Thanks for helping to build dask-ml!

Cloning the Repository

Make a fork of the dask-ml repo and clone the fork

git clone<your-github-username>/dask-ml
cd dask-ml

You may want to add as an upstream remote repository.

git remote add upstream

Creating an environment

We have conda environment YAML files with all the necessary dependencies in the ci directory.

conda env create -f ci/environment-latest.yaml --name=dask-ml-dev

to create a conda environment and install all the dependencies.

If you’re using pip, you can view the list of all the required and optional dependencies within (see the install_requires field for required dependencies and extras_require for optional dependencies).

Building dask-ml

Dask-ML is a pure-python repository. Development installation should be as simple as cloning the repository and running the following in the cloned directory:


python -m pip install -e ".[dev]"


conda activate dask-ml-dev
python -m pip install --no-deps -e .

If you have any trouble, please open an issue on the dask-ml issue tracker.


Dask-ML uses black for formatting and flake8 for linting. If you installed dask-ml with python -m pip install -e ".[dev]" these tools will already be installed.

black .
isort -rc dask_ml tests

You may wish to setup a pre-commit hook to run black when you commit changes.

Running tests

Dask-ml uses py.test for testing. You can run tests from the main dask-ml directory as follows:

pytest tests

Alternatively you may choose to run only a subset of the full test suite. For example to test only the preprocessing submodule we would run tests as follows:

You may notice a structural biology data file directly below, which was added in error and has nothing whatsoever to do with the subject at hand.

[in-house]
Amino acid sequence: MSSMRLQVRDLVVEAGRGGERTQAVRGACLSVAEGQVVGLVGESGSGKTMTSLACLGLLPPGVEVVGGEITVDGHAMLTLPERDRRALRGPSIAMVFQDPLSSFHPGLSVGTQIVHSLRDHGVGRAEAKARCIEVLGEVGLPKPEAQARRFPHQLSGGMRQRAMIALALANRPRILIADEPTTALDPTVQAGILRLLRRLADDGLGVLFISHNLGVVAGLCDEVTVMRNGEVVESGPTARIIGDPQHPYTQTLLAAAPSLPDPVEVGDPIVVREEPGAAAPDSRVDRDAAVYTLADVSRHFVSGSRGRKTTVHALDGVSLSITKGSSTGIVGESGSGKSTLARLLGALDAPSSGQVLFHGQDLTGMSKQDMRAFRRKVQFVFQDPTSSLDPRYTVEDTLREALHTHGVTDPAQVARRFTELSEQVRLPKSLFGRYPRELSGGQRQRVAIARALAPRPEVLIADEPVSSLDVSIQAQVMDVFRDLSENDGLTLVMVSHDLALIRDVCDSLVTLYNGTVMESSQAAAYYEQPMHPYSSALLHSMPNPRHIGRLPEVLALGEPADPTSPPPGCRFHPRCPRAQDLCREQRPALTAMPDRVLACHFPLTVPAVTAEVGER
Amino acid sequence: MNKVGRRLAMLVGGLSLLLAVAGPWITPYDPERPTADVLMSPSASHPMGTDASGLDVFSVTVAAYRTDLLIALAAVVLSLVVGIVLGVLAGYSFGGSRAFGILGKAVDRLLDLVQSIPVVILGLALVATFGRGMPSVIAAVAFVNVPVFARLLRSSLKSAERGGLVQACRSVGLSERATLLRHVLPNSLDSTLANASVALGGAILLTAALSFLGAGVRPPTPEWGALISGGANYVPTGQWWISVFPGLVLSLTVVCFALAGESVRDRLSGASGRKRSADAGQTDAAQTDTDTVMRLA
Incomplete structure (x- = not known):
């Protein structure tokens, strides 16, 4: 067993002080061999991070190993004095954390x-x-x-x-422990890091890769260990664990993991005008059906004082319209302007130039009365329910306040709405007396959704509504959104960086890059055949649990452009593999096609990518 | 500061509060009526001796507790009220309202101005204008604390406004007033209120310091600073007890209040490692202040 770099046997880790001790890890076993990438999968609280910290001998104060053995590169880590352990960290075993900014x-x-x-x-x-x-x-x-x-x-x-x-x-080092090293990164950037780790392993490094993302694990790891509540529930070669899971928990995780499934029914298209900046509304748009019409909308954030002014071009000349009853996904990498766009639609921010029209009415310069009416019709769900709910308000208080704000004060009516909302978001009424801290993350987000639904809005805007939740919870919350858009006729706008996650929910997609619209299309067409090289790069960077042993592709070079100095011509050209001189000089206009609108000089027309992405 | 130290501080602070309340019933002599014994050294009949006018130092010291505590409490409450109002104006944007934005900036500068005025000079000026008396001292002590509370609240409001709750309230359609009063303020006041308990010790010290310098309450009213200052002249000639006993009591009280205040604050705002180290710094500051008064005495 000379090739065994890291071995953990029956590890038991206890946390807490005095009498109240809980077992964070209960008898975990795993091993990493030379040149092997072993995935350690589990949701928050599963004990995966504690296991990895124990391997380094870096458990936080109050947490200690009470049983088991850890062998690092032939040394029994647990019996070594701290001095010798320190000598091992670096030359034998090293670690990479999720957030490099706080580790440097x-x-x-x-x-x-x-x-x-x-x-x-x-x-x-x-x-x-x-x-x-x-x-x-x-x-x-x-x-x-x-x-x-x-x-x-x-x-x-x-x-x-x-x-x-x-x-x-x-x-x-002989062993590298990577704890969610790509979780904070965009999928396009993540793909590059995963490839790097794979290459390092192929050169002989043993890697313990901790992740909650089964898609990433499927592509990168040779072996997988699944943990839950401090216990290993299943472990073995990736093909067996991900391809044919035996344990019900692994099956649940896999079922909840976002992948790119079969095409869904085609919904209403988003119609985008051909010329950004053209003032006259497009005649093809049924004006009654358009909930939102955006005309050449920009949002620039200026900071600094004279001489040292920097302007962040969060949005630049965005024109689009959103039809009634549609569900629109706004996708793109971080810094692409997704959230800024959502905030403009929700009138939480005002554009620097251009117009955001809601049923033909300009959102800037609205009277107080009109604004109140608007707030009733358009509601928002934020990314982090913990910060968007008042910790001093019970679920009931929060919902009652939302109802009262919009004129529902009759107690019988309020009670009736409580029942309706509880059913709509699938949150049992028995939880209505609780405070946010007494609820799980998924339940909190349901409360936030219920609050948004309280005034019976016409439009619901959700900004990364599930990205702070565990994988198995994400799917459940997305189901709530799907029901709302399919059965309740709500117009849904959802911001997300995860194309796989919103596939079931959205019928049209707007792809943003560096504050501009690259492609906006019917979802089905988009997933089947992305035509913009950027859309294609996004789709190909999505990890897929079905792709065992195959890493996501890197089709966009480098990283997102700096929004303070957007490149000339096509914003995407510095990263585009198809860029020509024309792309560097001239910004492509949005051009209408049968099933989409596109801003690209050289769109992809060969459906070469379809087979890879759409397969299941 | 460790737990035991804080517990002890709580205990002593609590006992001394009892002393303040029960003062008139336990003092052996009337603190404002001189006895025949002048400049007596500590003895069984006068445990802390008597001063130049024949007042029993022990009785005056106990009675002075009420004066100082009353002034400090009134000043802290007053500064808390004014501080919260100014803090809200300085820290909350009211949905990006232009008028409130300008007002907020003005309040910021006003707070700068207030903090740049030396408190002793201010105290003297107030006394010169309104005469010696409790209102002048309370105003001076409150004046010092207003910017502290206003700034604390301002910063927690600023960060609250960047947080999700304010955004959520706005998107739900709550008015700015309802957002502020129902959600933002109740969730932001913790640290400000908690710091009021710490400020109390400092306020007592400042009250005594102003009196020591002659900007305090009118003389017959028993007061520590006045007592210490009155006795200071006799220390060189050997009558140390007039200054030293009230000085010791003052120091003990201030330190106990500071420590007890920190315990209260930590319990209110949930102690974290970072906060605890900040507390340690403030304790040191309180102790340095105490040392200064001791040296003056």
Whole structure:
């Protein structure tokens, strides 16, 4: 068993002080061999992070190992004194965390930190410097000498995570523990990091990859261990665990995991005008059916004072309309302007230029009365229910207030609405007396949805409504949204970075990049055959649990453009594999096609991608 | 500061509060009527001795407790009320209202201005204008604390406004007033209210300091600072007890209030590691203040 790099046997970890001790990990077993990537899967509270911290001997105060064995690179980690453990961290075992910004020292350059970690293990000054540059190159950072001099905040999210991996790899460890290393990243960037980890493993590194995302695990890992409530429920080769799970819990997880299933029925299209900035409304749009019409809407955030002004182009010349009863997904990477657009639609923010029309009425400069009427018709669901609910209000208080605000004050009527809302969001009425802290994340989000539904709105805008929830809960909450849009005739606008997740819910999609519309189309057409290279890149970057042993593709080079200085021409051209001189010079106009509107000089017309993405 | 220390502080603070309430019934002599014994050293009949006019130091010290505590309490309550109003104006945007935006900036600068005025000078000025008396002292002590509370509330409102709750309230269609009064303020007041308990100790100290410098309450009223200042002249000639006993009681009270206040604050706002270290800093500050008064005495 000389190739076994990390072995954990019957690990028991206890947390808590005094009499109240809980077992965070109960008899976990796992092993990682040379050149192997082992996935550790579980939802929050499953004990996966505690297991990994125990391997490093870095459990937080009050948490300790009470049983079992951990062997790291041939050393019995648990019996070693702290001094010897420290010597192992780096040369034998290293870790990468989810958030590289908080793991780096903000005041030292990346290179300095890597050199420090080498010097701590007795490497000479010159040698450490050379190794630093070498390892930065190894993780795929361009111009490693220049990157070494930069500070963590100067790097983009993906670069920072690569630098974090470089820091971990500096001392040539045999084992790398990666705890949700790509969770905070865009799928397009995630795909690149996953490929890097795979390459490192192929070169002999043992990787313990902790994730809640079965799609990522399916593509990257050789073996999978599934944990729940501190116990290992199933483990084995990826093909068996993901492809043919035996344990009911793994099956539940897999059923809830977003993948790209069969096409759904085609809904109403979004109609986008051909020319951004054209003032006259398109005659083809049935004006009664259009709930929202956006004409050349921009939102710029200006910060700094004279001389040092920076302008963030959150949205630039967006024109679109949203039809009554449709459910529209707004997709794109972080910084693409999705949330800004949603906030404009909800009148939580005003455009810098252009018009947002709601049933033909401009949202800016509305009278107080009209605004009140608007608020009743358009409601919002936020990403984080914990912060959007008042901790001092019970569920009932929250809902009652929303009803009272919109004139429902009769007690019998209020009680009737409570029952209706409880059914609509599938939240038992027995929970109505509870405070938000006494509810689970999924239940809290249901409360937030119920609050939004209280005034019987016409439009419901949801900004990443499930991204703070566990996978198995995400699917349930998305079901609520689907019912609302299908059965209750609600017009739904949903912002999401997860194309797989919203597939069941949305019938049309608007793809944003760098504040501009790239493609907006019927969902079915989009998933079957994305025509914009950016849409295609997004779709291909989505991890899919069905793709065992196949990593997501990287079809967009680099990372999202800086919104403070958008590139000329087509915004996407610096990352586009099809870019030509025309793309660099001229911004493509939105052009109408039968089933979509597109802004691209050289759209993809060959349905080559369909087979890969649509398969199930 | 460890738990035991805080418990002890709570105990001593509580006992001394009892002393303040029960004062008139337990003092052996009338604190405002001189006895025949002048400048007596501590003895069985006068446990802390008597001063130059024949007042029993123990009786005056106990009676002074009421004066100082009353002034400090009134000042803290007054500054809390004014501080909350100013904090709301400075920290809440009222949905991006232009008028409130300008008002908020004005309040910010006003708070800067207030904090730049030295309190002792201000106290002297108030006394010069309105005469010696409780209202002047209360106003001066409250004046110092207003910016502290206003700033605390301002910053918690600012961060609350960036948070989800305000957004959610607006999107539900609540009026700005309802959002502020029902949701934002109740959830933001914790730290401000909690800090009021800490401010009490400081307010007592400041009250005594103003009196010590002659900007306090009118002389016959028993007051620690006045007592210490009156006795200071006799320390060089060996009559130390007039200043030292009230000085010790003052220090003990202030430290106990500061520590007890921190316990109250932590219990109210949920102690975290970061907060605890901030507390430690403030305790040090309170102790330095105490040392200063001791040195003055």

pytest tests/preprocessing


If your Pull Request decreases the lines of code covered, the CI may fail. Sometimes this is OK, and a maintainer will merge it anyway. To check the coverage locally, use

pytest --cov --cov-report=html

You can still use all the usual pytest command-line options in addition to those.

Pre-Commit Hooks

Install and build the pre commit tool as:

python -m pip install pre-commit
pre-commit install

to install a few plugins like black, isort, and flake8. These tools will automatically be run on each commit. You can skip the checks with git commit --no-verify.


For the most part, we follow scikit-learn’s API design. If you’re implementing a new estimator, it will ideally pass scikit-learn’s estimator check.

We have some additional decisions to make in the dask context. Ideally

  1. All attributes learned during .fit should be concrete, i.e. they should not be dask collections.

  2. To the extent possible, transformers should support

    • numpy.ndarray

    • pandas.DataFrame

    • dask.Array

    • dask.DataFrame

  3. If possible, transformers should accept a columns keyword to limit the transformation to just those columns, while passing through other columns untouched. inverse_transform should behave similarly (ignoring other columns) so that inverse_transform(transform(X)) equals X.

  4. Methods returning arrays (like .transform, .predict), should return the same type as the input. So if a dask.array is passed in, a dask.array with the same chunks should be returned.


We use numpydoc for our docstrings.

Building the docs is possible with

$ conda env create -f ci/environment-docs.yaml --name=dask-ml-dev-docs
$ conda activate dask-ml-dev-docs
$ python -m pip install -e .
$ cd docs
$ make html

Examples are written as Jupyter notebooks with their output stripped, either manually or using nbstripout. We want examples to be runnable on binder so they should be small, but include instructions for how to scale up to larger problems.

The source for most examples is maintained in the dask-examples repository. Updates should be made there, and they’re automatically included as part of the Dask-ML documentation build process.

When adding an example for new feature that’s only available in main, the notebook should be first included in Dask-ML repository under docs/source/examples/. These examples will be moved to dask/dask-examples as part of the Dask-ML release process.